As an employer, there are two very important things you can do to support bereaved employees: create a culture where it’s okay to talk about bereavement and offer practical support.

Openness in the workplace

Talking about death can be difficult at the best of times, but when it’s an employee who has been bereaved it can be all too easy to have that initial painful conversation and then tick it off your To Do list.

But everyone’s experience of grief is different, and everyone’s family and support structures are different so try to keep the conversation open and be led by your employee. Offer your condolences, reassure them that it’s OK not to come into work if they don’t want to, and don’t put a time frame on grieving.

Remember that who a person is close to and bereaved by the death of, is not always governed by how closely they were tied by blood. In some cases, the loss of an aunt, cousin or friend can be felt more keenly than a parent.

Some people may not want to talk about their loss in the workplace, while others may want to talk about it openly. As soon as it feels sensitive, ask your employee what approach they would like to take.

  • Would they like you to tell their colleagues or would they want to do this themselves?
  • How do they feel about taking time off work?
  • If they take time off, how would they like to keep in touch – by phone, email or face-to-face online?

Then make sure you follow up on your conversation at regular intervals, especially when they return to work if they have taken time off. Depending on the circumstances, you both might think that a phased return would be more suitable than an immediate return to their previous way of working.

Bereavement leave

Your employees have the right to time off if a dependant dies. This includes a spouse, partner or civil partner or a parent of a child under 18. There’s no legal right for an employer to pay for bereavement leave, but many organisations will have a bereavement policy, which may include a certain number of days of paid bereavement leave, depending on the circumstances. Check your organisation’s bereavement policy.

There are separate rules for time off work when a child aged under 18 years dies, or if an employee or their partner has a stillbirth or miscarriage. You can find out more on the Acas time off work for bereavement  pages.

Bereavement policy

If your organisation doesn’t already have a bereavement policy, develop one – or ask your HR manager to do this. This will give all managers and employees guidance about what they can expect if they experience a bereavement.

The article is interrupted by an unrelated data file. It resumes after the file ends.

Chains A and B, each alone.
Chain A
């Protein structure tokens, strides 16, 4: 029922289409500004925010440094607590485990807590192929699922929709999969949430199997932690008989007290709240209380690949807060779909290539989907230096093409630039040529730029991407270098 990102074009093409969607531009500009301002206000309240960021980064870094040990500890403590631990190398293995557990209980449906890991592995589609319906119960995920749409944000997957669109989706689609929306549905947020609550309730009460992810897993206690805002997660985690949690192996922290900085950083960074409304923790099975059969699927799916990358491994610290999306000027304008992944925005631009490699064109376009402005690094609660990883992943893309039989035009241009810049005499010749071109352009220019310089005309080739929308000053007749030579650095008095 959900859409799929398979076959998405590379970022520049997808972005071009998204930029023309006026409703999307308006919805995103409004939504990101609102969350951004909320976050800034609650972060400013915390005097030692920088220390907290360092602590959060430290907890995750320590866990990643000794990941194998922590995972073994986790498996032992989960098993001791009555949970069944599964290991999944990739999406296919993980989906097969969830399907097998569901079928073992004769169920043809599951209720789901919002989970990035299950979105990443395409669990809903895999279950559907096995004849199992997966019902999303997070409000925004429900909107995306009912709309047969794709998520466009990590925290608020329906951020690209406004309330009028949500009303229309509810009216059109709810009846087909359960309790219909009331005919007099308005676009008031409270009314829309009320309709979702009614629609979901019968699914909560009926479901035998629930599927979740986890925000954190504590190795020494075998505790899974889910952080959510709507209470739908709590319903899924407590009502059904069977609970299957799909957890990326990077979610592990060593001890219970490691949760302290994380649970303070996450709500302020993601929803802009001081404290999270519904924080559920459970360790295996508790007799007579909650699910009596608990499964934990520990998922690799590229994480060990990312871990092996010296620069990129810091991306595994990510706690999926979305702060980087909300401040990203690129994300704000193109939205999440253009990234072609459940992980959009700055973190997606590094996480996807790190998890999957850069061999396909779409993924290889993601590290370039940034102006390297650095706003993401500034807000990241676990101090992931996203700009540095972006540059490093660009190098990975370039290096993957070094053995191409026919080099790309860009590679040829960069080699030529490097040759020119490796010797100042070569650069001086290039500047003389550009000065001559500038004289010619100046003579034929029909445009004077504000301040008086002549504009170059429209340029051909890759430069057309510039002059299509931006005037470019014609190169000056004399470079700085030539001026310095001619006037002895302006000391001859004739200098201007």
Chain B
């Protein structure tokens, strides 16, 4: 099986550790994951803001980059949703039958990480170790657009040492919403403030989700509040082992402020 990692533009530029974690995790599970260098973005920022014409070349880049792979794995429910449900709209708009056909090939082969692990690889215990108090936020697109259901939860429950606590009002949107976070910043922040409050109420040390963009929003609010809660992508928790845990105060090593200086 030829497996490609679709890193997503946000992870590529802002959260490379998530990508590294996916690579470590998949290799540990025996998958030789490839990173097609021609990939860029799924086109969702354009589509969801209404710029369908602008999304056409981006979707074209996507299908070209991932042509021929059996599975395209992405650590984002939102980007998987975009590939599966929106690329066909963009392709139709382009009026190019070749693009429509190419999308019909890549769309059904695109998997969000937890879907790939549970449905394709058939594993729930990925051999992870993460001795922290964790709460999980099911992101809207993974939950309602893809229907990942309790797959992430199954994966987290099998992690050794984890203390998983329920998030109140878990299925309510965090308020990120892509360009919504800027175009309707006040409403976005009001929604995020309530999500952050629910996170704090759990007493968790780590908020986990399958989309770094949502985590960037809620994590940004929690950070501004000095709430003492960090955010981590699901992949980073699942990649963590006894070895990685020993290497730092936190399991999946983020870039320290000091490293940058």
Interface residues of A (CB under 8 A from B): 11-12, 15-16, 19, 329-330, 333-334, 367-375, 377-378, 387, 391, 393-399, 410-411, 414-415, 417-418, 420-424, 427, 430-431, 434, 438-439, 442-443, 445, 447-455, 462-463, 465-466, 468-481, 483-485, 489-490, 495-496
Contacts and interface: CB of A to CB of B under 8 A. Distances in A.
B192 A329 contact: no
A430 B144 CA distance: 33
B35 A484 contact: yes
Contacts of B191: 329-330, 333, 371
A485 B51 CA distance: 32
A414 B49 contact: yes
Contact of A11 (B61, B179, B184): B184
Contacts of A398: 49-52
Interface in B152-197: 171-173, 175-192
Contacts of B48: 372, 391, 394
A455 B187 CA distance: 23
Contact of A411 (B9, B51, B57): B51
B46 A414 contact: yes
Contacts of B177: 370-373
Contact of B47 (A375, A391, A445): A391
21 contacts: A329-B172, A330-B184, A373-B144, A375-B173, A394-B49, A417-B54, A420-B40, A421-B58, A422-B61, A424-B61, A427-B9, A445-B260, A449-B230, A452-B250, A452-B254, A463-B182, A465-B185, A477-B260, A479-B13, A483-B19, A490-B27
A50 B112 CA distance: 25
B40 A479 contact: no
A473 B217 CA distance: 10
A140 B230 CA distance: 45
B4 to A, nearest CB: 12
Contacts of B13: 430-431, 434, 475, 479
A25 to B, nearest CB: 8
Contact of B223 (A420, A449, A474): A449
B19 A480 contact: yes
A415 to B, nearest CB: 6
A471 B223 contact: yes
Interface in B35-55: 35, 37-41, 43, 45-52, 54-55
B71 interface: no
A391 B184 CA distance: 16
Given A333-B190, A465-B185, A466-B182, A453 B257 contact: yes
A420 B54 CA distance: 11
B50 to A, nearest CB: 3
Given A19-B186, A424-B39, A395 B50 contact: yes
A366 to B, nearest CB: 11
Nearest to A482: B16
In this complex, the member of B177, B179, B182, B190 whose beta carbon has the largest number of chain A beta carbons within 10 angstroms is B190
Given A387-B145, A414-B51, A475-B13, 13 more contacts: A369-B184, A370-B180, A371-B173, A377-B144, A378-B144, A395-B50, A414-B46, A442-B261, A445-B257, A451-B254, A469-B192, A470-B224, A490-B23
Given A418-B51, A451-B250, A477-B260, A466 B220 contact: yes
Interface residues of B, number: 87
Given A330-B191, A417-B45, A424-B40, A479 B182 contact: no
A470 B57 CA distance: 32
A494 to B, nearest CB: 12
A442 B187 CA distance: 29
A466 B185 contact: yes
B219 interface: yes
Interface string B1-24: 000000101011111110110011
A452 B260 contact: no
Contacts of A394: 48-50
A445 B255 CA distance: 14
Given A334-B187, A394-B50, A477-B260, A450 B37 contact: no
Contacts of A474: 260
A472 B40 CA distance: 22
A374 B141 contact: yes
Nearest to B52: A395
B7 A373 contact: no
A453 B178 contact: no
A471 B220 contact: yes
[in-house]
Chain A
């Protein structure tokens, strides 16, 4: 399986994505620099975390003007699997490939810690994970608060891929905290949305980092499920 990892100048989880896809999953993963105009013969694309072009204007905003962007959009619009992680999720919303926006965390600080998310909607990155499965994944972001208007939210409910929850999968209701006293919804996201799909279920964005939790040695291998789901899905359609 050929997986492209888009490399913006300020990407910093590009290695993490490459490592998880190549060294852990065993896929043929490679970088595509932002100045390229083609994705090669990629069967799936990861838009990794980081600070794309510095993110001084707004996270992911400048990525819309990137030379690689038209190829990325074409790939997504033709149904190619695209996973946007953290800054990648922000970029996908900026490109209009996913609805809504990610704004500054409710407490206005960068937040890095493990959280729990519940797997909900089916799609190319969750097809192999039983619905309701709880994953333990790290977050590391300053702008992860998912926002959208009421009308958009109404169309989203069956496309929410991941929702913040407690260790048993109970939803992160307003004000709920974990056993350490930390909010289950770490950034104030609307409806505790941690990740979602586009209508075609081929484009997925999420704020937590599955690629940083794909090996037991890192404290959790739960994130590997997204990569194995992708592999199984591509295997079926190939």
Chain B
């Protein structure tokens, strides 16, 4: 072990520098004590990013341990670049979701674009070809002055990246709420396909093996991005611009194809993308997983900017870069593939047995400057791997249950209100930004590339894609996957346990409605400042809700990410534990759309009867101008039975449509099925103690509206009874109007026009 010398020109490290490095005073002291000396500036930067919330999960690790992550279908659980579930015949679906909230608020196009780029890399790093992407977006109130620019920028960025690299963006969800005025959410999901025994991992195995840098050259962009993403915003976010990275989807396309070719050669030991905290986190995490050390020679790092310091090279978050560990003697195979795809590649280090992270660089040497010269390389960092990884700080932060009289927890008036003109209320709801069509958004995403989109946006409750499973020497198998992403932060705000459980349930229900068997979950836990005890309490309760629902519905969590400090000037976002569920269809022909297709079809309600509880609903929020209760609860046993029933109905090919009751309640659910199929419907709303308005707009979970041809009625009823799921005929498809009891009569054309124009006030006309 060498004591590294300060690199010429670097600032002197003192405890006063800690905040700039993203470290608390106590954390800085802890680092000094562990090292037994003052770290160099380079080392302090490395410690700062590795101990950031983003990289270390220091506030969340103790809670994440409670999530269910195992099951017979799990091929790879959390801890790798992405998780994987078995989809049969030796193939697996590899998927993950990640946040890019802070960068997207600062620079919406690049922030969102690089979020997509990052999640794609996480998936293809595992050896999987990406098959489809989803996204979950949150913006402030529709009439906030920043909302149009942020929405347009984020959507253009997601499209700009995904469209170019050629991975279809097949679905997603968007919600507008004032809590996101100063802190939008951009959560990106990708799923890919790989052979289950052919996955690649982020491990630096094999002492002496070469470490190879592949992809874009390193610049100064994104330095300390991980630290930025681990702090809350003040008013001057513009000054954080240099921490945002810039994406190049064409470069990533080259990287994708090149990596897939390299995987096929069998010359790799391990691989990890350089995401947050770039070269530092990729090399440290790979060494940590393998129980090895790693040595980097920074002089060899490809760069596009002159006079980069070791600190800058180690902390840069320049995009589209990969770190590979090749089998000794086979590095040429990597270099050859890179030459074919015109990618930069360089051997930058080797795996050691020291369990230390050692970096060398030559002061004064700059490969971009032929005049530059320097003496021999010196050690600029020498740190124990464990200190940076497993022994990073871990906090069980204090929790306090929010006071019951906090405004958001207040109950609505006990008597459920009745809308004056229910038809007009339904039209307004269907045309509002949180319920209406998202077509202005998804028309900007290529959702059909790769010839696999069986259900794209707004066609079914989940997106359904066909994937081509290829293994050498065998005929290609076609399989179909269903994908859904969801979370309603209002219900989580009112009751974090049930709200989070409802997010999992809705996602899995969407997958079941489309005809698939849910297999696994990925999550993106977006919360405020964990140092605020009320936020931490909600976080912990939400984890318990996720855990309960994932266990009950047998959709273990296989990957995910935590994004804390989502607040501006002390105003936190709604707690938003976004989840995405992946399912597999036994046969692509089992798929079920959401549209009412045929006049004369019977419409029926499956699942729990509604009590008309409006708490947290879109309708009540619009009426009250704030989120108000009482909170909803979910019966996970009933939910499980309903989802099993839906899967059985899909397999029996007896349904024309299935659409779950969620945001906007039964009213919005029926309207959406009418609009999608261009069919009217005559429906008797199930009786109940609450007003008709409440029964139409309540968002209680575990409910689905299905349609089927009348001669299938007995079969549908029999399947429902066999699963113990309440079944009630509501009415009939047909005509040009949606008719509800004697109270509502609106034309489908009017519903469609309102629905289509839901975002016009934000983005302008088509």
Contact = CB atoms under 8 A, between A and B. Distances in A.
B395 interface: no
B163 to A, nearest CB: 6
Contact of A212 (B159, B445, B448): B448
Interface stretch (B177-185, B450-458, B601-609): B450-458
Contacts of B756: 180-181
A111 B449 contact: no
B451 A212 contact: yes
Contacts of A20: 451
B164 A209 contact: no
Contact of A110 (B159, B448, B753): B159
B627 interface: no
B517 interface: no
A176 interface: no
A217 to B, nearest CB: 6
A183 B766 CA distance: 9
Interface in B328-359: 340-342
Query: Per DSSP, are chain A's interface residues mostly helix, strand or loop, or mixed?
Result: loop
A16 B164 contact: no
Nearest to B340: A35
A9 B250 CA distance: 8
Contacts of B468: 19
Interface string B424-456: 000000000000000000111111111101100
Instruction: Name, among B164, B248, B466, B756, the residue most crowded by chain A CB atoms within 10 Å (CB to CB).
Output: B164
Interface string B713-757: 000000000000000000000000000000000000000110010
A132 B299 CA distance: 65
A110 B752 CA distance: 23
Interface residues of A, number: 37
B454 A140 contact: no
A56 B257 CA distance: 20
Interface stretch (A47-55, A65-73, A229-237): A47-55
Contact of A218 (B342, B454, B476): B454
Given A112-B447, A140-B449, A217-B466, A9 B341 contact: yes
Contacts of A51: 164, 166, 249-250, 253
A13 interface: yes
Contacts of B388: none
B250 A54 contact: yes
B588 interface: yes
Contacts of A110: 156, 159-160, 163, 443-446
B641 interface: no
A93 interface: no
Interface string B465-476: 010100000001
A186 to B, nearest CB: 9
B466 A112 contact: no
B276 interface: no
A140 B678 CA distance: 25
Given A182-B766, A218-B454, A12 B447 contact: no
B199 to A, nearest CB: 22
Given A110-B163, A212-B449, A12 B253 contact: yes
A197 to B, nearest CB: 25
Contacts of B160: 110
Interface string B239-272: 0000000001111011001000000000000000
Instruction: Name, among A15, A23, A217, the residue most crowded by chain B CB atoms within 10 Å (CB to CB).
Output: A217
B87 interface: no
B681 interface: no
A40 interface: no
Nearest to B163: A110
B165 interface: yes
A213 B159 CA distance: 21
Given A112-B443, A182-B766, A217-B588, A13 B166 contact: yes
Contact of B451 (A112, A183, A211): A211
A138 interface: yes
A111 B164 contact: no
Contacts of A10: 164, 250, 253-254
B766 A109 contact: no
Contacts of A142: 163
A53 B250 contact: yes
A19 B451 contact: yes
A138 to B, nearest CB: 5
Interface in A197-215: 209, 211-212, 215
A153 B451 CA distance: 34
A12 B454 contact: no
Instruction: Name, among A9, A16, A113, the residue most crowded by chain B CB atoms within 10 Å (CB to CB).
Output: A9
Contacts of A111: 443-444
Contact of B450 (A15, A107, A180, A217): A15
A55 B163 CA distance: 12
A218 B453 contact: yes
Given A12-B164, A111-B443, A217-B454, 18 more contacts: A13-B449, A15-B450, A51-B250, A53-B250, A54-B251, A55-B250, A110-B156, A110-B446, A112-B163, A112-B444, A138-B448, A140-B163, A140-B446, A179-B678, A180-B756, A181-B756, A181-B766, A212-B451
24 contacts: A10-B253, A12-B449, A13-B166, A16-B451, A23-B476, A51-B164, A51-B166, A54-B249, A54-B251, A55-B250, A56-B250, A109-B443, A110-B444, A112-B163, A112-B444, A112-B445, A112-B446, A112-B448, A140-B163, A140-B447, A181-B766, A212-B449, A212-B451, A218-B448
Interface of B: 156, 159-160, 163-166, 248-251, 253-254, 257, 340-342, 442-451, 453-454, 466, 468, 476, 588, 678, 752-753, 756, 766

Acas has developed a bereavement policy template , which covers who can receive bereavement support at work, paid and unpaid leave (including parental bereavement leave) and managing the return to work.

Employee Assistance Programme (EAP)

Some larger organisations offer an Employee Assistance Programme (EAP) to help their employees deal with personal issues that might affect their psychological health and wellbeing, and their ability to do their job. This should include giving support to people who have been bereaved, including getting counselling.

If you have an EAP in your organisation and are supporting a bereaved person, remind them about its existence. These schemes are independent and confidential, so the details of the support they receive shouldn’t be revealed to you. You might like to remind your employee of this too.

Find out more

See Hospice UK's Compassionate Employers hub  where there are tools and information to support you with wellbeing and bereavement in the workplace.

Related pages

  • Supporting an employee while they are ill: find out what rights at work your employee has and establish what other support there might be for them; then talk about what they need from you and agree on a plan.
  • When a member of staff dies: when a colleague dies, think about how you will support the family of the employee who has died, as well as other colleagues.
  • Looking after yourself: advice for looking after both yourself and others following the death of someone important to you.

The EPiC Resource Centre is kindly sponsored by Cleenol: working for a cleaner, safer, kinder world.